Mary Jo White, former U.S. attorney in Manhattan, has an extensive record of prosecuting white-collar crime, won convictions in the 1993 World Trade Center bombing and the 1998 terrorist attacks on two U.S. embassies in Africa, and put crime boss John Gotti away.
If confirmed, she will enforce complicated regulations written in response to the worst financial crisis since the Depression.
“You don’t want to mess with Mary Jo,” the president said at the White House with White at his side. “As one former SEC chairman said, Mary Jo does not intimidate easily, and that’s important because she’s got a big job ahead of her.”
Obama also re-nominated Richard Cordray as head of the Consumer Financial Protection Bureau, created after the financial meltdown. The president used a recess appointment last year to circumvent Congress and install Cordray. That appointment expires at the end of this year.
White, 65, was the first woman ever to be named U.S. attorney in Manhattan, one of the most prestigious jobs in law enforcement.
Colleagues and politicians describe her as tough, no-nonsense and fiercely competitive. And she brings a wealth of legal bona fides to an agency that, critics say, failed to act aggressively to charge top individuals at the nation’s largest banks who may have contributed to the financial crisis.
Under Schapiro, the SEC brought civil charges with record penalties against Goldman Sachs, JPMorgan Chase and Citigroup, among others. But those settlements left top executives at the banks free from blame.
James Cox, a Duke University law professor and expert on the SEC, predicted White will push the SEC away from “being just a tollkeeper” that collects settlements and make it a forceful agency that brings meaningful sanctions against senior individuals.
“She has a high sense of the public purpose of the law,” Cox said. “You’ve got to change the culture of the SEC to the point where you’re willing to say, ‘We’re going to go after the individual.'”
In 2000, White led the prosecution of more than 100 people-including members of all five New York Mafia families-accused of strong-arming brokers and manipulating prices of penny stocks. The action was one of the biggest crackdowns on securities fraud in U.S. history at the time.
White’s office also won a record $606 million in restitution from the securities arm of the Republic New York Corp. bank in 2001. The bank pleaded guilty to conspiring with an investment adviser to hide hundreds of millions of dollars in losses from Japanese investors.
She heads the litigation department at the law firm Debevoise & Plimpton.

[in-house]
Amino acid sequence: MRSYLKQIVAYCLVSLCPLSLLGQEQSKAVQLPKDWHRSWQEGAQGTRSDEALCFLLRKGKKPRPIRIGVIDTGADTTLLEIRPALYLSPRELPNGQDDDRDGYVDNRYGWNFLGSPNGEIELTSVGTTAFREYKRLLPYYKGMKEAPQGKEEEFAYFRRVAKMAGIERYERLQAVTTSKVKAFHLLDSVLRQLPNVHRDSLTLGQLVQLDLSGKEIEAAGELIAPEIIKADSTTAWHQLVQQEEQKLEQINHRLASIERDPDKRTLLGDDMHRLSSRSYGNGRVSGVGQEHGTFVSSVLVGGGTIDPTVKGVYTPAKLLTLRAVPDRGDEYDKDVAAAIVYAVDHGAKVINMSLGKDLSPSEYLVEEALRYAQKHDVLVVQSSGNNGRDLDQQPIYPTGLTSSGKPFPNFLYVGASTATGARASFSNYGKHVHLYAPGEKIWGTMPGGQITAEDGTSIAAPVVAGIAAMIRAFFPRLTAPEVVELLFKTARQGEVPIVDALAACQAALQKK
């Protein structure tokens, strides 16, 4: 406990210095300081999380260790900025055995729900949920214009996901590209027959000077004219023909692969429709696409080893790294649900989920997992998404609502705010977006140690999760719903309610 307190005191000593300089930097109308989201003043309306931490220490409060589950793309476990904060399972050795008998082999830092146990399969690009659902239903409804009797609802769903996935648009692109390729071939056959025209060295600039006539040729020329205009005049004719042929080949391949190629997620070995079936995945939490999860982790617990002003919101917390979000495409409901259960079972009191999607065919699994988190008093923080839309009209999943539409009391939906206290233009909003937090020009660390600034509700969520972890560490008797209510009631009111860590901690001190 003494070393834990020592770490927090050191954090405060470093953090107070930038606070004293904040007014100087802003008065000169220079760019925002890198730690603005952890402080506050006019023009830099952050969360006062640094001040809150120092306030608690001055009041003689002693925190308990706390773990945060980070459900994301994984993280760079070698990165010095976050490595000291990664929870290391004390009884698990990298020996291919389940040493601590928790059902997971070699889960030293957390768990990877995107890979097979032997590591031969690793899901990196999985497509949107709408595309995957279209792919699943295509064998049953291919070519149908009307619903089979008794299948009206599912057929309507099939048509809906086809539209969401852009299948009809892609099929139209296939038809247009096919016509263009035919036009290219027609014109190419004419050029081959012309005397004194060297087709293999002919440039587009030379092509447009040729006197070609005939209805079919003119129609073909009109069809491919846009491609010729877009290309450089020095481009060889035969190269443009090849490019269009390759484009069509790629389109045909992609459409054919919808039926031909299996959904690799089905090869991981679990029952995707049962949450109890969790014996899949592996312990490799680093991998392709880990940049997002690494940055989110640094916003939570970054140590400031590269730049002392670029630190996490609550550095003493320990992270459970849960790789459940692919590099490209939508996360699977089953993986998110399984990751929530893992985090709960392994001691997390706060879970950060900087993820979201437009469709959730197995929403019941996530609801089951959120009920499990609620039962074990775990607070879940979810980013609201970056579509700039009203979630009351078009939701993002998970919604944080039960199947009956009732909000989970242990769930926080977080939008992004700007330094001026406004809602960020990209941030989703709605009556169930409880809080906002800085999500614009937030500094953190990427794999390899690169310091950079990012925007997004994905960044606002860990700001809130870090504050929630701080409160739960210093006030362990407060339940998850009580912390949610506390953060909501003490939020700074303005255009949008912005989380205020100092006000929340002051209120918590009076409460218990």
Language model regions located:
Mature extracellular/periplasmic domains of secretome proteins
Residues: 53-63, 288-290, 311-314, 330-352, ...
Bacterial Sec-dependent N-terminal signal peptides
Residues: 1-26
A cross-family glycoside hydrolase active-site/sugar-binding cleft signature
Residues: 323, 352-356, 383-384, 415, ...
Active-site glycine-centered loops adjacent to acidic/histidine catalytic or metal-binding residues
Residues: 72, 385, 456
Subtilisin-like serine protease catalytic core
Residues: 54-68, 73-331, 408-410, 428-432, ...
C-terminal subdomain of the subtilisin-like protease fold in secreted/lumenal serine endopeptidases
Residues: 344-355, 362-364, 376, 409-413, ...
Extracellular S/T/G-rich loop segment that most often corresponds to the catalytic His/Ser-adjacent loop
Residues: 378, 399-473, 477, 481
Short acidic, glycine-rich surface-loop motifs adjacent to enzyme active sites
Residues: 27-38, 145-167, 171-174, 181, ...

White said that if she is confirmed, she will work to “fulfill the agency’s mission to protect investors and to ensure the strength, efficiency and the transparency of our capital markets.”
“The SEC, long a vital and positive force for the markets, has a lot of hard and important work ahead of it,” she said.
Sen. Charles Schumer, D-N.Y., a senior member of the Senate Banking Committee, called White “a fearless, tough-as-nails prosecutor with the knowledge of industry to keep up with the markets’ swift innovation.” He said she will easily win Senate confirmation.
White graduated first in her law school class at Columbia University in 1974. Much of her early career was spent as an assistant U.S. attorney, first in the Southern District, which includes Manhattan, and later in the Eastern District, home to Brooklyn and in the 1990s a hotbed of organized crime.
She led the prosecution of Gotti, who was convicted in 1992 of murder, racketeering and other offenses. He died in prison in 2002.
In 1993, shortly after the bombing of the World Trade Center, President Bill Clinton appointed her U.S. attorney.
When Ramzi Yousef, the mastermind of the bombing, was captured in Pakistan, a U.S. military plane was sent there to bring him to the U.S. She demanded the plane land within the Southern District so that she could prosecute him in Manhattan. Under the law, a defendant extradited to the U.S. must be tried in the first jurisdiction in which the plane sets down.
Beyond pursuing cases related to the financial meltdown, the SEC is deeply involved in writing new rules.
It must come up with the final wording of the so-called Volcker Rule, which regulators hope will limit the kind of risky trading by banks that contributed to the financial crisis and forced taxpayers to bail out the institutions.
Author: Marcy Gordon and Julie Pace, Associated Press